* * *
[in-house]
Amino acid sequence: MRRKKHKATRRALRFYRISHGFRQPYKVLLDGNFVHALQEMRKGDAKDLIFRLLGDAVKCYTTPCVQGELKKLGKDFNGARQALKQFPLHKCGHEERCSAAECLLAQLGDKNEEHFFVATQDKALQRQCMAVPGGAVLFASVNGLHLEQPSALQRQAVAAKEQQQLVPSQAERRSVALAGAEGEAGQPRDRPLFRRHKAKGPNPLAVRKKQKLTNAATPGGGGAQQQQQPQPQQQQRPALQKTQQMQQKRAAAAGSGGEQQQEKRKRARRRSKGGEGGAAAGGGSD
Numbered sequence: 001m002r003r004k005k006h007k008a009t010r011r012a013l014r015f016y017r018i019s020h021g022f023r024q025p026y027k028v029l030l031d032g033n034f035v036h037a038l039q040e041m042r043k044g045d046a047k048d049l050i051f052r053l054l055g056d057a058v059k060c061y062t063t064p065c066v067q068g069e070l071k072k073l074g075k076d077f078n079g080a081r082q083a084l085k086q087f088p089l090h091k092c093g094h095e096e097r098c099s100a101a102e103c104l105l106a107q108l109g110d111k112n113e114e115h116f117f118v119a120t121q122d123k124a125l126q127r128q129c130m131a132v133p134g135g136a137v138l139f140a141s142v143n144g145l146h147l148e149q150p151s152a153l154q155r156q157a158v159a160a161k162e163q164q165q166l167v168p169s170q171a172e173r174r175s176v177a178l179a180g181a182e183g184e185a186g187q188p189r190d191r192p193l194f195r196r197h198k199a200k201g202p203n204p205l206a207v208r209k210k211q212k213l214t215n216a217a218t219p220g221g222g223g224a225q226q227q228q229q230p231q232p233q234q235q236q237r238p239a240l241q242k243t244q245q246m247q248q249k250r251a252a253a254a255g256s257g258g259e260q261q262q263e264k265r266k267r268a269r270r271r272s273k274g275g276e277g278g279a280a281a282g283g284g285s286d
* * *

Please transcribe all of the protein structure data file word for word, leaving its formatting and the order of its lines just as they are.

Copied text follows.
[in-house]
Amino acid sequence: MRRKKHKATRRALRFYRISHGFRQPYKVLLDGNFVHALQEMRKGDAKDLIFRLLGDAVKCYTTPCVQGELKKLGKDFNGARQALKQFPLHKCGHEERCSAAECLLAQLGDKNEEHFFVATQDKALQRQCMAVPGGAVLFASVNGLHLEQPSALQRQAVAAKEQQQLVPSQAERRSVALAGAEGEAGQPRDRPLFRRHKAKGPNPLAVRKKQKLTNAATPGGGGAQQQQQPQPQQQQRPALQKTQQMQQKRAAAAGSGGEQQQEKRKRARRRSKGGEGGAAAGGGSD
Numbered sequence: 001m002r003r004k005k006h007k008a009t010r011r012a013l014r015f016y017r018i019s020h021g022f023r024q025p026y027k028v029l030l031d032g033n034f035v036h037a038l039q040e041m042r043k044g045d046a047k048d049l050i051f052r053l054l055g056d057a058v059k060c061y062t063t064p065c066v067q068g069e070l071k072k073l074g075k076d077f078n079g080a081r082q083a084l085k086q087f088p089l090h091k092c093g094h095e096e097r098c099s100a101a102e103c104l105l106a107q108l109g110d111k112n113e114e115h116f117f118v119a120t121q122d123k124a125l126q127r128q129c130m131a132v133p134g135g136a137v138l139f140a141s142v143n144g145l146h147l148e149q150p151s152a153l154q155r156q157a158v159a160a161k162e163q164q165q166l167v168p169s170q171a172e173r174r175s176v177a178l179a180g181a182e183g184e185a186g187q188p189r190d191r192p193l194f195r196r197h198k199a200k201g202p203n204p205l206a207v208r209k210k211q212k213l214t215n216a217a218t219p220g221g222g223g224a225q226q227q228q229q230p231q232p233q234q235q236q237r238p239a240l241q242k243t244q245q246m247q248q249k250r251a252a253a254a255g256s257g258g259e260q261q262q263e264k265r266k267r268a269r270r271r272s273k274g275g276e277g278g279a280a281a282g283g284g285s286d